FYFV: Closing the 3 gaps in 5 years

The Five Year Forward View (FYFV), published in October 2014, spells out a shared vision for the future of the NHS based on new models of care. But turning that vision into reality means closing the gaps within the current national care model that don’t support the aim of quality, affordable, preventative care. The three gaps, categorised as: health and wellbeing; care and quality; and funding and efficiency, all present numerous opportunities for sites to employ innovation that leverages digital data for true, measurable service improvement.

Innovation is more than IT

In the transition to a paperless NHS, it’s important that Trusts go beyond the “checklist approach” when evaluating IT solutions. IT products that meet data collection and electronic patient record (EPR) requirements, as well as strict NHS specifications, like those associated with the NHS e-Referral Service (formally Choose and Book) are unequivocally necessary but the process of collecting and verifying the accuracy of that data should not be a separate function carried out alongside delivering clinical services.

As outlined in a previous article, Clinically Driven Digital Roadmaps, IT systems should be designed and selected based on their ability to support and improve clinical processes. Enabling improved patient management and outcomes means choosing a solution that has end-to-end capabilities and allows clinicians to capture data as a by-product of delivering patient care, not an additional administrative burden that results in less time with the patient.

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Figure 1: CaptureStroke has improved SSNAP levels since it was introduced in December 2013

Re-designing systems around the patient is also an important mechanism in closing the health and wellbeing gap. While the FYFV outlines that the answer to this gap is largely centred on targeted preventative care programmes and the primary care service, there’s also a need for more systematic use of evidence-based intervention strategies. IT systems that are mature enough to be both interoperable, and offer clinical decision support, can support intervention strategies and facilitate communication and continuity of care between primary care, Trusts and communities.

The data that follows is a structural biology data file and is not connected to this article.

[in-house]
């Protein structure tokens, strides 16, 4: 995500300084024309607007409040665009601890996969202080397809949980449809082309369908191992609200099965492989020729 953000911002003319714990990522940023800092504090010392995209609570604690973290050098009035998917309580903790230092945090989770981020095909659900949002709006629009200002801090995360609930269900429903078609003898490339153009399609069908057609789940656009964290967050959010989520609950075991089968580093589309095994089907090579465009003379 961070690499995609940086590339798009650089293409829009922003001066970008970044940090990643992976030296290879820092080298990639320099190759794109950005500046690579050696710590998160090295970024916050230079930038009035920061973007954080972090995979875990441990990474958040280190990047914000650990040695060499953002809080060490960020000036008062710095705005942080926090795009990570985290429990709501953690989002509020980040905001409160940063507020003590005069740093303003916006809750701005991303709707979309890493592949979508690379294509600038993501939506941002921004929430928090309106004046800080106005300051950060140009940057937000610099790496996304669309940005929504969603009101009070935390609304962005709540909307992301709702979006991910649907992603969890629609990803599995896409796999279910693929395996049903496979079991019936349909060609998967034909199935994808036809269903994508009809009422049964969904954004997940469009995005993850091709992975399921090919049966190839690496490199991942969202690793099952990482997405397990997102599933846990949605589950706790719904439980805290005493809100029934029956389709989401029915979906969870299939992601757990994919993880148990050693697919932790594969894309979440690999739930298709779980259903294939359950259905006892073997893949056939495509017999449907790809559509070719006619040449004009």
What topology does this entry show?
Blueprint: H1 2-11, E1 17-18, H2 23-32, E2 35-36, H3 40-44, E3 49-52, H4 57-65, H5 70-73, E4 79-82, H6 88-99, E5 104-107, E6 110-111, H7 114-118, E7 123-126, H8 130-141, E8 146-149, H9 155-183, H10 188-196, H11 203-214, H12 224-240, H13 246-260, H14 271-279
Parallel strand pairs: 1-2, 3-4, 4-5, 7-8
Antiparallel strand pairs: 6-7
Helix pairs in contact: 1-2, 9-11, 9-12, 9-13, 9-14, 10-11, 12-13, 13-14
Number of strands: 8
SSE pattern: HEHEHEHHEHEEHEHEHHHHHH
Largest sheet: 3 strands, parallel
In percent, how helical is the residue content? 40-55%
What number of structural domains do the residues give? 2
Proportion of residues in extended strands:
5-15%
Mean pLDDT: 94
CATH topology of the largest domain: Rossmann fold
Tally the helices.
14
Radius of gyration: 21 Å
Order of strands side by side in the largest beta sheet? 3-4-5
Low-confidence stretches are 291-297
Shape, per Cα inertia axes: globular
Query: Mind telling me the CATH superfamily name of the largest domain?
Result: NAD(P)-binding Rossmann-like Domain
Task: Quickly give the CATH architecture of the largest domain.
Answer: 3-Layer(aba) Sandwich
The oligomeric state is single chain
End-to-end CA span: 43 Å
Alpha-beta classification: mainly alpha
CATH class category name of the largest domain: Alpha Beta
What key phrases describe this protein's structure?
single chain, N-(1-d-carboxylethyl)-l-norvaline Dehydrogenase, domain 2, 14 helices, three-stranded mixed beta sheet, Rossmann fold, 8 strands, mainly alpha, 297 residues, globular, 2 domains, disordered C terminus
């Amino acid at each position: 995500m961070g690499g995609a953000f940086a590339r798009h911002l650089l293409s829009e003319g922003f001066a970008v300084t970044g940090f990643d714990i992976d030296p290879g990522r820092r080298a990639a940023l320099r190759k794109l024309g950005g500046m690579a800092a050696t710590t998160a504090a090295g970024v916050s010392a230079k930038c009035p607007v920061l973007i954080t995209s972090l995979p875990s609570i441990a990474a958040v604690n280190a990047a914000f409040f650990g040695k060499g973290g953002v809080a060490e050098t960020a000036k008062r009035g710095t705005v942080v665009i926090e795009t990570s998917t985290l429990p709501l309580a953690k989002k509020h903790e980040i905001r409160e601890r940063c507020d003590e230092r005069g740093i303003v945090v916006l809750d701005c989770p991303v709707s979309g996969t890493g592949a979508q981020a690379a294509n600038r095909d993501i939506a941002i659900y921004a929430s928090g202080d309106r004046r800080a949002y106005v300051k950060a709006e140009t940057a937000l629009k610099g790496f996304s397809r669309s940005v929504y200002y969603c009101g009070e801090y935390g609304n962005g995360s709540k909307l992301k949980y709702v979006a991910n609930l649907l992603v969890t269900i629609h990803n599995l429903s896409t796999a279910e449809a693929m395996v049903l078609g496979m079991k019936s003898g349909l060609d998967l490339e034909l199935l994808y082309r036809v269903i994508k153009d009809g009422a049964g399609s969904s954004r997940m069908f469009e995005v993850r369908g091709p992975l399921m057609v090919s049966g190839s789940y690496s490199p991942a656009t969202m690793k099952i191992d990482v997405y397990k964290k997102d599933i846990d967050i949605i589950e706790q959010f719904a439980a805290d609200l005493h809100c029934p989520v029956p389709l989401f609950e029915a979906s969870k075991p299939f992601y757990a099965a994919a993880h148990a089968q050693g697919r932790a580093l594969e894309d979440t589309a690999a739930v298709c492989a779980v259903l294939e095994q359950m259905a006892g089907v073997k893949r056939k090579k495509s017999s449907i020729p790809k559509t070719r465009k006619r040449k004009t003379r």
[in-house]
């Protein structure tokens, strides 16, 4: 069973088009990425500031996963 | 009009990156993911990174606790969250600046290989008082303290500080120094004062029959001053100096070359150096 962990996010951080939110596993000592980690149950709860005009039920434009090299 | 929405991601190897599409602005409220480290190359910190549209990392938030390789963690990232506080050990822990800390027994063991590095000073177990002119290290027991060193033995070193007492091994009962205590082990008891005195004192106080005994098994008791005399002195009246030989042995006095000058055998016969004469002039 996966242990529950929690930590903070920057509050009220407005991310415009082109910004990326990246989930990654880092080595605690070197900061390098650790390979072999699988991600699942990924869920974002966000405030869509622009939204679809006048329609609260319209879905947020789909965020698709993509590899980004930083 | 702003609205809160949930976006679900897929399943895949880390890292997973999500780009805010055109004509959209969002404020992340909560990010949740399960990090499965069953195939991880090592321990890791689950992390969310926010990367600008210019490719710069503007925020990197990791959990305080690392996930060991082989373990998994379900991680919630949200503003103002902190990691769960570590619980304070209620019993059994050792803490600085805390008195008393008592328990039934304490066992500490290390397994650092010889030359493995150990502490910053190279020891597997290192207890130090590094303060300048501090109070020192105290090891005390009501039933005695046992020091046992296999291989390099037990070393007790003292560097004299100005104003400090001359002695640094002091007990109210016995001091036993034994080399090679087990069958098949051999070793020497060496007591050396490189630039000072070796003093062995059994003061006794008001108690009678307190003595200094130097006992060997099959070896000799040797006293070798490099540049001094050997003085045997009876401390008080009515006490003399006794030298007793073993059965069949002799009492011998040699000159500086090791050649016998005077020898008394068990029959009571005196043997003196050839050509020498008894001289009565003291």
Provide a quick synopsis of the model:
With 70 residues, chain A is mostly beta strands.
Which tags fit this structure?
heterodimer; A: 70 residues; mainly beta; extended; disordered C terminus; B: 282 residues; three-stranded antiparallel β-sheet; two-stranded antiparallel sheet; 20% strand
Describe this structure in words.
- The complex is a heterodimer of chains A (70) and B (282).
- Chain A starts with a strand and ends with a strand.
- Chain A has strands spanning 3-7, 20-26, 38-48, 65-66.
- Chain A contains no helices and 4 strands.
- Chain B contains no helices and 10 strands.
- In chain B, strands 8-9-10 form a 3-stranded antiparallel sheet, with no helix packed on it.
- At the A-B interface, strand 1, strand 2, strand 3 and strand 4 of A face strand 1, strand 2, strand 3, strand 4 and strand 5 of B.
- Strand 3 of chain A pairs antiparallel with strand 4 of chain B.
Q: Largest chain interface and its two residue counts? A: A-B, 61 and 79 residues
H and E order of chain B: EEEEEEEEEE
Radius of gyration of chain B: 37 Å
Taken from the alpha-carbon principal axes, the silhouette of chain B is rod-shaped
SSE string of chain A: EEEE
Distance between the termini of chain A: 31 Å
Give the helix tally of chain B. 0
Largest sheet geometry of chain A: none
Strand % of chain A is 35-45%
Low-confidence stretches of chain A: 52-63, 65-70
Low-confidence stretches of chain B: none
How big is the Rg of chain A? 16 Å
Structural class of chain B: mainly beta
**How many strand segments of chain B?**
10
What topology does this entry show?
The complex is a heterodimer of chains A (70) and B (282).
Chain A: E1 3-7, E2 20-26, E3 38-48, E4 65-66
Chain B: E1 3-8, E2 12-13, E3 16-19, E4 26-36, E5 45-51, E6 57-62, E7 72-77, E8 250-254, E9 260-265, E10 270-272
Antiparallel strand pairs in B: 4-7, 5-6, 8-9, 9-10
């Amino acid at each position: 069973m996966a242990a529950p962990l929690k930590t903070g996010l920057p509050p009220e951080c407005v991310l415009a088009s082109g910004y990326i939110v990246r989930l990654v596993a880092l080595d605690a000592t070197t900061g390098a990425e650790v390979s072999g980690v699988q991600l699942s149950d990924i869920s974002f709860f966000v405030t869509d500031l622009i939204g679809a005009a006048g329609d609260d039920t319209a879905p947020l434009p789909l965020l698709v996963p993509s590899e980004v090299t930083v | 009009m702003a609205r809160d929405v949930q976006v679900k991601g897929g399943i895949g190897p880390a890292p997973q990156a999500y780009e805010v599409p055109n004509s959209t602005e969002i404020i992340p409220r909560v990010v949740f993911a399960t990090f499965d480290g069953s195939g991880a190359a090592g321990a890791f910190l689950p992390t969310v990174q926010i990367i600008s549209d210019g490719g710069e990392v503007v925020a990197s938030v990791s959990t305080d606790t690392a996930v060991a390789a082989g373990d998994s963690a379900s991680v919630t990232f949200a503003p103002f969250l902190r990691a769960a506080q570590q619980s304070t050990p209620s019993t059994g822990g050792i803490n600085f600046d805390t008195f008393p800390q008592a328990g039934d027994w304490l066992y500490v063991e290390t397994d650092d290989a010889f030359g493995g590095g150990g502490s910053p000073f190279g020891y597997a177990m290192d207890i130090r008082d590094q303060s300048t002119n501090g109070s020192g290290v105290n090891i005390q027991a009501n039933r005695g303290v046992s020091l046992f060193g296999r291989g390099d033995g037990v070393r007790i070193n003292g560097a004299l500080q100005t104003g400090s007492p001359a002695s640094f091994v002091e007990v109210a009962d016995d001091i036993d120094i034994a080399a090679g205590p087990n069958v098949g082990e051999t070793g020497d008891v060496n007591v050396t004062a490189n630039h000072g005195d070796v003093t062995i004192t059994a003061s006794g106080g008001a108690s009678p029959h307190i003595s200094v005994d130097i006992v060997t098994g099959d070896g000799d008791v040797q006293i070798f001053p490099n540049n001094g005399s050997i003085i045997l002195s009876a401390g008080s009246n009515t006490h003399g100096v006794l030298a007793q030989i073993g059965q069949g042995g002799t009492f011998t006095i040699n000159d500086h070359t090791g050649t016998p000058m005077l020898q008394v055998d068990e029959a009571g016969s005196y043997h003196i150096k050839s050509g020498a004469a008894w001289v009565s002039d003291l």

Enabling a modern workforce

Closing the gaps in care and quality hinges on effective use of rich, high quality data that can inform decisions and answer important questions not only about an individual patient’s care but about the service overall. The FYFV acknowledges that the move to new care models rely heavily on multidisciplinary teams (MDTs) to meet the growing demands of community-based care, which is slowly replacing acute-based care. MDTs also have the important function of providing continuous, coordinated care throughout a patients’ journey – something that is virtually impossible without systems that:

  • facilitate communication between care teams;
  • enable real time data insights;
  • supports mobile working; and
  • generates reports that are easy to understand and use.